Vol. 79, No. 3
Cybercrime crackdown Reducing the risk and impact of cybercrime
Table of contents
Getting cyber smart
The recent global ransomware cyberattack that affected hundreds of thousands of victims as this issue was being finalized highlights what police agencies already know: cybercrimes are increasing in number and escalating in severity.
New radio system enhances public safety
In New Brunswick, speaking in code over the police radio was standard operating procedure for police officers. It was necessary to protect the privacy of calls from people listening in on scanners.
Help Richmond RCMP identify faces
Richmond RCMP is encouraging residents to "get their sleuth on" with the launch of its new website, Richmond Help Identify.
Delta police track fleeing vehicles with GPS
In the Vancouver, B.C., suburb of Delta, criminals can flee from police, but they can't get far.
Manitoba RCMP use passenger pods for remote rescue
RCMP in two northern Manitoba communities are now using a new rescue tool: off-road transport trailers for stranded residents and criminals.
Kathleen Vilac, a civilian member on the RCMP's Integrated Homicide Investigative Team in British Columbia, recalls one of the first cases she assisted as a member of the Digital Field Triage Program.
Behind the screen
In the office of the RCMP's Technological Crime Unit at National Division in Ottawa, a small request to open a USB key has turned into an animated discussion about protocol and process.
Cybercrime on the frontline
Frontline police officers in Nova Scotia are now being trained to handle cybercrime cases, thanks to a new RCMP-led workshop.
A mobile solution
The RCMP's Technological Crime Unit in Nova Scotia brings their expertise directly to crime scenes with a unique mobile lab.
The Internet has become an indispensible part of our lives — we can use it to pay bills, order food and even find love. But while its use has increased exponentially, so has its misuse by criminals.
Many skills, one goal
Located at the RCMP's National Division in Ottawa, the highly specialized Cybercrime Investigative Team was created in 2015 to investigate crimes where the computer or the technology is the target.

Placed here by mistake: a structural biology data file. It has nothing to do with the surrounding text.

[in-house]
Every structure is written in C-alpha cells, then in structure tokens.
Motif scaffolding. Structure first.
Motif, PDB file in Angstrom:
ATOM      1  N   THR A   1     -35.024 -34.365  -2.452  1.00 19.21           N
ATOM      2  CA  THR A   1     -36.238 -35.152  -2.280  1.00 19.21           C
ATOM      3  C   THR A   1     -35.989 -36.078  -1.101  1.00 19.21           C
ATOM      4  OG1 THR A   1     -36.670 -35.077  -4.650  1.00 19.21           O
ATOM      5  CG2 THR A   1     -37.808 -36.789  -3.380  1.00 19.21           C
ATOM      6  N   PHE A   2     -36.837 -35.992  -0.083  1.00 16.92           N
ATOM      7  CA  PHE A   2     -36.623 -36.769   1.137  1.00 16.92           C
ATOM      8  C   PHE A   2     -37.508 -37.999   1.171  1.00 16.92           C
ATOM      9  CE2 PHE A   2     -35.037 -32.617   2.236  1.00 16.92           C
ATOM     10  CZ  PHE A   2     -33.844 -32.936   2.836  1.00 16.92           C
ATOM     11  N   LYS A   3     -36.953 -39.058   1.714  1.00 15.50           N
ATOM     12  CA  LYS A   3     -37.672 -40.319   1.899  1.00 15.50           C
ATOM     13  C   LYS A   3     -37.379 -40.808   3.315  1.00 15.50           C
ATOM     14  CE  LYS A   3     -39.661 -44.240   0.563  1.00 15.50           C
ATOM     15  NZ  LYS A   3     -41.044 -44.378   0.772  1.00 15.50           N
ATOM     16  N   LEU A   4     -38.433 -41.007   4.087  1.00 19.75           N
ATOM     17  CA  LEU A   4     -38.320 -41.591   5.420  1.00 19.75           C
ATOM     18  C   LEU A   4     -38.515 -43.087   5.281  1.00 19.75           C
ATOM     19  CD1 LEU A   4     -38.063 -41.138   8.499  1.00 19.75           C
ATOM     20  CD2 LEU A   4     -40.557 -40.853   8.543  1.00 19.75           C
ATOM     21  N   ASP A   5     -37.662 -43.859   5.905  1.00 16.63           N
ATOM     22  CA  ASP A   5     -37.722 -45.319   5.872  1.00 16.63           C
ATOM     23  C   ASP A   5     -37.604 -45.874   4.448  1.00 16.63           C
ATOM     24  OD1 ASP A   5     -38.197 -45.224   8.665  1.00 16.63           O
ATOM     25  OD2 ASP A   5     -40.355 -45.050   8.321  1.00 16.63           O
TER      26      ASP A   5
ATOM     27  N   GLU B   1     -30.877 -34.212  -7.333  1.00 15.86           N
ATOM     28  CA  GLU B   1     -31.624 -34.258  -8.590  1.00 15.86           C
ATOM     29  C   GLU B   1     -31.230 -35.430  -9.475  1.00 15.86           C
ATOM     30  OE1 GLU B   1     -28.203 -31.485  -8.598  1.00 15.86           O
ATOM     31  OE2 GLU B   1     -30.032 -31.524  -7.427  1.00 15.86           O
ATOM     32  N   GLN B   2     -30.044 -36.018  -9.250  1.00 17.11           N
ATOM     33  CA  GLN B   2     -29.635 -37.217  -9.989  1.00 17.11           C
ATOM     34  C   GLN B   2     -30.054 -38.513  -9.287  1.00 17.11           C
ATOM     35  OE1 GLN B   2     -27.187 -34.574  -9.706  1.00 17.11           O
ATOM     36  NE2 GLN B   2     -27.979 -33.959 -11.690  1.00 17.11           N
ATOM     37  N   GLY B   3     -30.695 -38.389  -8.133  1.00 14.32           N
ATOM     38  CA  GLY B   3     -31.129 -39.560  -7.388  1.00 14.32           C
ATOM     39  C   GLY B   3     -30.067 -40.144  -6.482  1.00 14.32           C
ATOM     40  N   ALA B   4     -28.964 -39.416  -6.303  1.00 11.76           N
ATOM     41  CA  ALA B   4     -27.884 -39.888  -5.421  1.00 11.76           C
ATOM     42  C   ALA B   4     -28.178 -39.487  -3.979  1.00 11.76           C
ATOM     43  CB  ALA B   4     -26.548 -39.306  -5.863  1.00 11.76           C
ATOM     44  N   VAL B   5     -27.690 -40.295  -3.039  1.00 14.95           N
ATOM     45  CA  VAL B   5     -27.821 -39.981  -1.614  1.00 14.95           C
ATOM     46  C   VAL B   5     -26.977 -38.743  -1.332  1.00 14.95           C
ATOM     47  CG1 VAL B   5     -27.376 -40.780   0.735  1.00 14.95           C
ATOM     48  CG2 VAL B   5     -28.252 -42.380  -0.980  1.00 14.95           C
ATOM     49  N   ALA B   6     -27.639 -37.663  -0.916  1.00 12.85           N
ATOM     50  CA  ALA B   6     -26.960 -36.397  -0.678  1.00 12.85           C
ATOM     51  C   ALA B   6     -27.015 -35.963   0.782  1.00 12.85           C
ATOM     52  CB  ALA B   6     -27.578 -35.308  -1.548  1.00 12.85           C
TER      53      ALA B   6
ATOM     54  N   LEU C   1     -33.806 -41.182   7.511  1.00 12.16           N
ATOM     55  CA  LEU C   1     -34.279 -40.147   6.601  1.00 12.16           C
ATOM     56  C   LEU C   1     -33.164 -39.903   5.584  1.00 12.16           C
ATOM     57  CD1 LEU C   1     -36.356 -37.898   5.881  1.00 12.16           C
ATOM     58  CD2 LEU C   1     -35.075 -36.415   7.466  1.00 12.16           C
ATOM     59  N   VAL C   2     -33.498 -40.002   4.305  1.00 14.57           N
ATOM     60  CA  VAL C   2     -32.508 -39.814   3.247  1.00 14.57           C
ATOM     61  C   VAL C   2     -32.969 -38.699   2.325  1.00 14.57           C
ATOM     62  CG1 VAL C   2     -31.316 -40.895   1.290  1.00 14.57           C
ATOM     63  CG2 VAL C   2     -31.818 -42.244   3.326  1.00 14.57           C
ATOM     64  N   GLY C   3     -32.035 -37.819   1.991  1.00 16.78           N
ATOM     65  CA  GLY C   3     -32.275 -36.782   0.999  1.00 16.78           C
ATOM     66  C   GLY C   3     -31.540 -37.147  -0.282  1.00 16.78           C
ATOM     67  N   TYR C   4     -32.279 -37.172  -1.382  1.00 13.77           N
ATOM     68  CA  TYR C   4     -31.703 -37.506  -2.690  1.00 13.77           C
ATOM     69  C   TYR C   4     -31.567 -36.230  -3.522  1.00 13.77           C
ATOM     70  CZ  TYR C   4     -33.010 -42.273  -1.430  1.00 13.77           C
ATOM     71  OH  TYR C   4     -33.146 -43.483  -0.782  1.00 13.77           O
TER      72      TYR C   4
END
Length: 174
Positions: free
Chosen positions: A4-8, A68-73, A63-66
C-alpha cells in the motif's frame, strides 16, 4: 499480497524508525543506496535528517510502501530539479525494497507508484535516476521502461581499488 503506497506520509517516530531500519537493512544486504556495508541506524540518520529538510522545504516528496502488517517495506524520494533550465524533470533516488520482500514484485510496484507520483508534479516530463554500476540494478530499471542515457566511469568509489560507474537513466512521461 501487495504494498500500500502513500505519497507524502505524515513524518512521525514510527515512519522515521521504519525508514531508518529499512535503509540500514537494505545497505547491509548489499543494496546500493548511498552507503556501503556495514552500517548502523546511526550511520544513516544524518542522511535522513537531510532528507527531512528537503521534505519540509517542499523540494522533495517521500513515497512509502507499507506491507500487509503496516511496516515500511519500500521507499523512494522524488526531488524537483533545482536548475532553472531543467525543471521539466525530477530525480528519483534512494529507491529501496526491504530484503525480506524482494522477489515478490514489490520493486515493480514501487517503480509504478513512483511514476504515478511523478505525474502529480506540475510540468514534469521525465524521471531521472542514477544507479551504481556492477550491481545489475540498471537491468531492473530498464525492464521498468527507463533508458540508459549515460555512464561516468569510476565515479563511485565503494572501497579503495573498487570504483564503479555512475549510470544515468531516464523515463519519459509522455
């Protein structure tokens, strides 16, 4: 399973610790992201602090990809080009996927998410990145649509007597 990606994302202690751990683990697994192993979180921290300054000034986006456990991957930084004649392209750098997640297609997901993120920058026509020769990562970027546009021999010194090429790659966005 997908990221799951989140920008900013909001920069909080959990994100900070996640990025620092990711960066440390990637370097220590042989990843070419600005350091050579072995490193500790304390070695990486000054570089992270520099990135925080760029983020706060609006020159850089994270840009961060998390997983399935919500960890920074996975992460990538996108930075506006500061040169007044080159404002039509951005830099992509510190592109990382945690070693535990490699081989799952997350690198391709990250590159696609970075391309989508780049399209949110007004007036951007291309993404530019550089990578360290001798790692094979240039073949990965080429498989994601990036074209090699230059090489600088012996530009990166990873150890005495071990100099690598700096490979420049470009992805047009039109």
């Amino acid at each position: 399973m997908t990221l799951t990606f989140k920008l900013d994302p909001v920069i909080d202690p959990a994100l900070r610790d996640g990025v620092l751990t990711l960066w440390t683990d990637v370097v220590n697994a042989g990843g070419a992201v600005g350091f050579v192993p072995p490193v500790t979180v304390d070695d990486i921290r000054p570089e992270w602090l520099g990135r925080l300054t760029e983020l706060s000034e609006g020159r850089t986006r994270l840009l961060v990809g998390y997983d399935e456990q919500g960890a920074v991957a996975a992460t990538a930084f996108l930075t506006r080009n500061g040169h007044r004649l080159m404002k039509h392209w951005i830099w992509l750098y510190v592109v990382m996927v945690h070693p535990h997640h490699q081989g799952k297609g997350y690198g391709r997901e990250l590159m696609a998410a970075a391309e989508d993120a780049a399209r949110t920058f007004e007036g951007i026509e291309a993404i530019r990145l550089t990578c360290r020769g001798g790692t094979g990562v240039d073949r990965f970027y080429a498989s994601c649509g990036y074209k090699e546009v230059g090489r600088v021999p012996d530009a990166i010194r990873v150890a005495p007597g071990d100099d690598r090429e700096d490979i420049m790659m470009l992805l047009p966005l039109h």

What's the greatest challenge in policing cybercrime?
Cybercrime is far from being a new phenomenon. Yet, even today, we hear things like "there's no likelihood of arrest."
Q & A
Hunting online predators
For the past five years, RCMP Cpl. Jared Clarke has worked as an investigator on Saskatchewan's Internet Child Exploitation team. His expertise has helped crack numerous cases — rescuing dozens of children from their abusers both locally and abroad.
Ask an expert
Crumbs of digital data
When it comes to technology and how it affects policing, RCMP communications data analyst Robert Aboumitri has a determination to innovate.
Just the facts
Stealing vehicles is a lucrative business for criminals in Canada. As a result, auto theft is an unfortunate reality that many Canadians deal with each year.
On the leading edge
Latest research in law enforcement
The following are excerpts from recent research related to justice and law enforcement and reflect the views and opinions of the authors and not necessarily those of the organizations for which they work.
Sharpening cyber skills
The Canadian Police College in Ottawa is trying to stay one step ahead of those cyber-criminals by adding a new course to their arsenal: the Cyber Crime Investigator's Course.
Fitness over age
It was in the midst of cancer treatments that Cst. Ellen Ruf decided to apply to the RCMP. The single mother of three had worked in an office for most of her life, often taking on two jobs to keep her family afloat.
When a new sexually explicit photo of a child is uploaded to the Internet, it's added to a vast collection of images that can be nearly impossible for police to find. Until now.
In Newfoundland and Labrador, all-terrain vehicles (ATVs) aren't just a mode of transportation — they're a way of life. Off-road trails intersect forests and fields, connecting houses, neighbourhoods and communities.
Cst. Dwayne Pardy has a unique ability to connect with the residents of each community he works in, which isn't an easy feat as a relief officer in Canada's North.
- Nancy Sample
- Katherine Aldred
- Deidre Seiden
- Deidre Seiden
- Web publisher:
- Richard Vieira
- Graphic design:
- Lisa McDonald-Bourg
- RCMP Translation Services
- St. Joseph Communications
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